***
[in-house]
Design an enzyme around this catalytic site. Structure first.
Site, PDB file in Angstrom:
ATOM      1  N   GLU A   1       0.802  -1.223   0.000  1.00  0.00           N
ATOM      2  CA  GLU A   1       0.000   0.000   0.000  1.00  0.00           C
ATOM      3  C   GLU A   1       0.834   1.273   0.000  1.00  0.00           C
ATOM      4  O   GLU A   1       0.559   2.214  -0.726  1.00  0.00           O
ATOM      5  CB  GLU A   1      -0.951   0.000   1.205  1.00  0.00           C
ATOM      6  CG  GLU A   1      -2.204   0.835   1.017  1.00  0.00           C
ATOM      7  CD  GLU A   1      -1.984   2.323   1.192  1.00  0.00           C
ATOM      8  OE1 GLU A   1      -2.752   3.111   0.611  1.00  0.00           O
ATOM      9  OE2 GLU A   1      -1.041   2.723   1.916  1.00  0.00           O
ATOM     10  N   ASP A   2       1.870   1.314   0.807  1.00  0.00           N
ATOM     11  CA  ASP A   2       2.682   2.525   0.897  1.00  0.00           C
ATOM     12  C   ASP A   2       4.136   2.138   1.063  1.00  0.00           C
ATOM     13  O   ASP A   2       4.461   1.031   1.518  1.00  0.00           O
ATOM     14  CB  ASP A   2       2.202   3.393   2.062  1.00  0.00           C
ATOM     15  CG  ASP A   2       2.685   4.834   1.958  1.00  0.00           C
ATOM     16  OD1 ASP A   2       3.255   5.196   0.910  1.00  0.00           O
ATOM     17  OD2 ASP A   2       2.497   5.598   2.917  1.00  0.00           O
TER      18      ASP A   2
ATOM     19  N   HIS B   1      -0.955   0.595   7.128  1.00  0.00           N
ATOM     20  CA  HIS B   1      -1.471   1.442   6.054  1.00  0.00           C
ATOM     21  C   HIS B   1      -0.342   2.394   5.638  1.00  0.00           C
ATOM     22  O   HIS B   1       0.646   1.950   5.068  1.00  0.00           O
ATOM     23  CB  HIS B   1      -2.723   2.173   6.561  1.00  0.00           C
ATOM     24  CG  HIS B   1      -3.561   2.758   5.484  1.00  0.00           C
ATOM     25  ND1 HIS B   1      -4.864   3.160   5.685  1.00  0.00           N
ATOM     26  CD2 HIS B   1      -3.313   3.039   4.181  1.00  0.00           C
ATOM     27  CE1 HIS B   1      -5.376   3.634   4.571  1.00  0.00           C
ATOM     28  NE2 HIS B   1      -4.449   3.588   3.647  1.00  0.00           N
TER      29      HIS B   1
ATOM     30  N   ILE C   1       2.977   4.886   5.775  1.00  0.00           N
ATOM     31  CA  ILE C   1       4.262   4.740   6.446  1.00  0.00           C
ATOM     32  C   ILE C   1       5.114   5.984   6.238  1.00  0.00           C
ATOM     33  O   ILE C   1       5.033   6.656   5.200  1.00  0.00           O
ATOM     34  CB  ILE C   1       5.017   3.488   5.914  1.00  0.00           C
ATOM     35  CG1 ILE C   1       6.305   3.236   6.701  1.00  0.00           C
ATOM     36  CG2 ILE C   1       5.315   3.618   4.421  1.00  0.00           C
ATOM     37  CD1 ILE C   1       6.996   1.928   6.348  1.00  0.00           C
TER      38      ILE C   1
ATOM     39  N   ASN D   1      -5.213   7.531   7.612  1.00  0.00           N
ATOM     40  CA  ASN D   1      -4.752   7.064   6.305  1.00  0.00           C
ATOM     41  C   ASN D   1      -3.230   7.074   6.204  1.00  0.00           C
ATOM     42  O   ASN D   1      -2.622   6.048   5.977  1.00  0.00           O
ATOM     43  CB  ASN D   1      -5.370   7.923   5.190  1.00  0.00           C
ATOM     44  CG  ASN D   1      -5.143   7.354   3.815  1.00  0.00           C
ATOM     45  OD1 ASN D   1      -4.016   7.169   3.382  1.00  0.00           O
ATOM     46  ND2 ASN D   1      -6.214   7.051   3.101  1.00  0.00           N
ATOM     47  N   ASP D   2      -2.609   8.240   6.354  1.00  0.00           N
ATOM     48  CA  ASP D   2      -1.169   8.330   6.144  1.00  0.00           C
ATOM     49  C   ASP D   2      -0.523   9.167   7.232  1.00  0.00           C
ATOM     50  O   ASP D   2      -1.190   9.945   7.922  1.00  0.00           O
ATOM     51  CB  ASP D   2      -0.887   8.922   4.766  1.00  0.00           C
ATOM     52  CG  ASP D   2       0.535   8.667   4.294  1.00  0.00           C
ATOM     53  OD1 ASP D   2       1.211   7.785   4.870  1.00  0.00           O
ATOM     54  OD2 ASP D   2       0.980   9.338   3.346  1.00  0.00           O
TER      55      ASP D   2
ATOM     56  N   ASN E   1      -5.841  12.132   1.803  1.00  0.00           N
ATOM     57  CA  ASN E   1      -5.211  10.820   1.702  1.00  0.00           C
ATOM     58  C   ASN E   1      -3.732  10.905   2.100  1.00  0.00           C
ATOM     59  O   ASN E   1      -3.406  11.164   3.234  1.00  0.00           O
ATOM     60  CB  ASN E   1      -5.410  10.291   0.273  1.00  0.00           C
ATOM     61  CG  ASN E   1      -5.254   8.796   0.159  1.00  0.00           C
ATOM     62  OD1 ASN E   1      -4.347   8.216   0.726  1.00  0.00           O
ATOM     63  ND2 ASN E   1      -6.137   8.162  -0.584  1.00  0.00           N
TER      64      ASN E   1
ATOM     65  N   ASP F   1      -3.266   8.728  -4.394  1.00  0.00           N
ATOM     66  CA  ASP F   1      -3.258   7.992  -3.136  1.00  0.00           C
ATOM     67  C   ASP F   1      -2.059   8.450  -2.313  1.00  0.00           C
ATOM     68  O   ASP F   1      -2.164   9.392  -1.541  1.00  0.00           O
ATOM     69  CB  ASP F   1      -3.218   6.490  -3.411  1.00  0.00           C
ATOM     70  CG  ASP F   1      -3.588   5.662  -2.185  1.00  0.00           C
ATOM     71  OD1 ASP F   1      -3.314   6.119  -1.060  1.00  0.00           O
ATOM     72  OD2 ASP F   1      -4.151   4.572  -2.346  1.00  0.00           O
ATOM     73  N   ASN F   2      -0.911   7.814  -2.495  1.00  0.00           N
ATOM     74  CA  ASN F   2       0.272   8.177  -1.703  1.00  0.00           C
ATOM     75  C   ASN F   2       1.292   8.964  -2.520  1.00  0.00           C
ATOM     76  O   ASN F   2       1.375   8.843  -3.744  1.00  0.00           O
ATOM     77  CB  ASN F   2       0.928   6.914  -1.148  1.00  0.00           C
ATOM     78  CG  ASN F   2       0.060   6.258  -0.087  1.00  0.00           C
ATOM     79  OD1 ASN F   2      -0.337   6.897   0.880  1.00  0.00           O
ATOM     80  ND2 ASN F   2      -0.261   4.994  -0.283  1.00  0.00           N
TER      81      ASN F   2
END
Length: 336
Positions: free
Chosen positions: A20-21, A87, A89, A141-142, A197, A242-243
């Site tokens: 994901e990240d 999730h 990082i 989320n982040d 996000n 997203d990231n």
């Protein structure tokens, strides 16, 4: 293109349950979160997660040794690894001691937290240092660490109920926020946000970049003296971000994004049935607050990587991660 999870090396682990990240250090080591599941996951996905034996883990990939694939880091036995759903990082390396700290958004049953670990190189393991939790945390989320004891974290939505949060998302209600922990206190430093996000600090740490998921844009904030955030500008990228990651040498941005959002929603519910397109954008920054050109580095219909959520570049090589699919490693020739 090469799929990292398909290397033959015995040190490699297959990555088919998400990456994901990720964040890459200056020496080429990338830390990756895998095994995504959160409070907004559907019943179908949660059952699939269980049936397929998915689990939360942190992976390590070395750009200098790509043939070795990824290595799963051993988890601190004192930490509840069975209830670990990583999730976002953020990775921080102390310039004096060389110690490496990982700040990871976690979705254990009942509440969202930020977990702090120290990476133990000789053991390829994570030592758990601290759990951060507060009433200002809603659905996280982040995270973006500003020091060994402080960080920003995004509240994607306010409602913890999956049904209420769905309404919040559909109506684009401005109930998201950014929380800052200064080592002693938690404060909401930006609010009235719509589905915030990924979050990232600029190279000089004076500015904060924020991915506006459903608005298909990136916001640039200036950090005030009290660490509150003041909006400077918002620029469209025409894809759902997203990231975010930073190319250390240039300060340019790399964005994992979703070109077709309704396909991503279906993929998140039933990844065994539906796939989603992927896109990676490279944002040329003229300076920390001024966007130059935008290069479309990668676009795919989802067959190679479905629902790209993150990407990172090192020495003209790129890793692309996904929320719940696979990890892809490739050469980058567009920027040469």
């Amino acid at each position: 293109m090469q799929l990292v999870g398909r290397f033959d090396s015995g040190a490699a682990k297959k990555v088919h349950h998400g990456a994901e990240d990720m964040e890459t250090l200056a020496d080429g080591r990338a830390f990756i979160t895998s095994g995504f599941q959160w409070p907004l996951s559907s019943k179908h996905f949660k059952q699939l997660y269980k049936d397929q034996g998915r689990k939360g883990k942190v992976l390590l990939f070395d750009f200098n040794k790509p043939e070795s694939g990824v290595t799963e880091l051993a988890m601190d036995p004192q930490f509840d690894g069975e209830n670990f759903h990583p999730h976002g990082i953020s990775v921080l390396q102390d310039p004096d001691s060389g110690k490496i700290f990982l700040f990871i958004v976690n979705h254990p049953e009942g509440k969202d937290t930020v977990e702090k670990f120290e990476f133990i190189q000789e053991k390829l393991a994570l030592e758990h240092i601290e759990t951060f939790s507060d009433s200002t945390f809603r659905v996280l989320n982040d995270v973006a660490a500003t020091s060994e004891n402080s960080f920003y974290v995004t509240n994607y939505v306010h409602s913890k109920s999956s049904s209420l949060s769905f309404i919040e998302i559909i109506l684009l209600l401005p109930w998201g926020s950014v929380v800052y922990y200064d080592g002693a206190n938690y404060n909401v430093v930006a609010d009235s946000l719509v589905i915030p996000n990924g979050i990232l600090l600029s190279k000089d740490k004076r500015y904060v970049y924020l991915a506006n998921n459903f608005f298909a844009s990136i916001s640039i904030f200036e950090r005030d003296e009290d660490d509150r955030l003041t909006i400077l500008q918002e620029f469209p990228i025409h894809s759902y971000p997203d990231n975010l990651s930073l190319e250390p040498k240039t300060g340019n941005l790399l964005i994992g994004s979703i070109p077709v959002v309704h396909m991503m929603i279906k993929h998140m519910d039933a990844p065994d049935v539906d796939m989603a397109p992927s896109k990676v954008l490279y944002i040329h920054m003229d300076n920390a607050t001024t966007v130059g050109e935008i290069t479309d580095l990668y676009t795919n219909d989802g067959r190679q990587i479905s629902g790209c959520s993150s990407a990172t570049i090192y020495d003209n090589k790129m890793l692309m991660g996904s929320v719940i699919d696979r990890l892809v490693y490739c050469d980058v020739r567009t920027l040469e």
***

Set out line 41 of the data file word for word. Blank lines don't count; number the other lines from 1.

TER      38      ILE C   1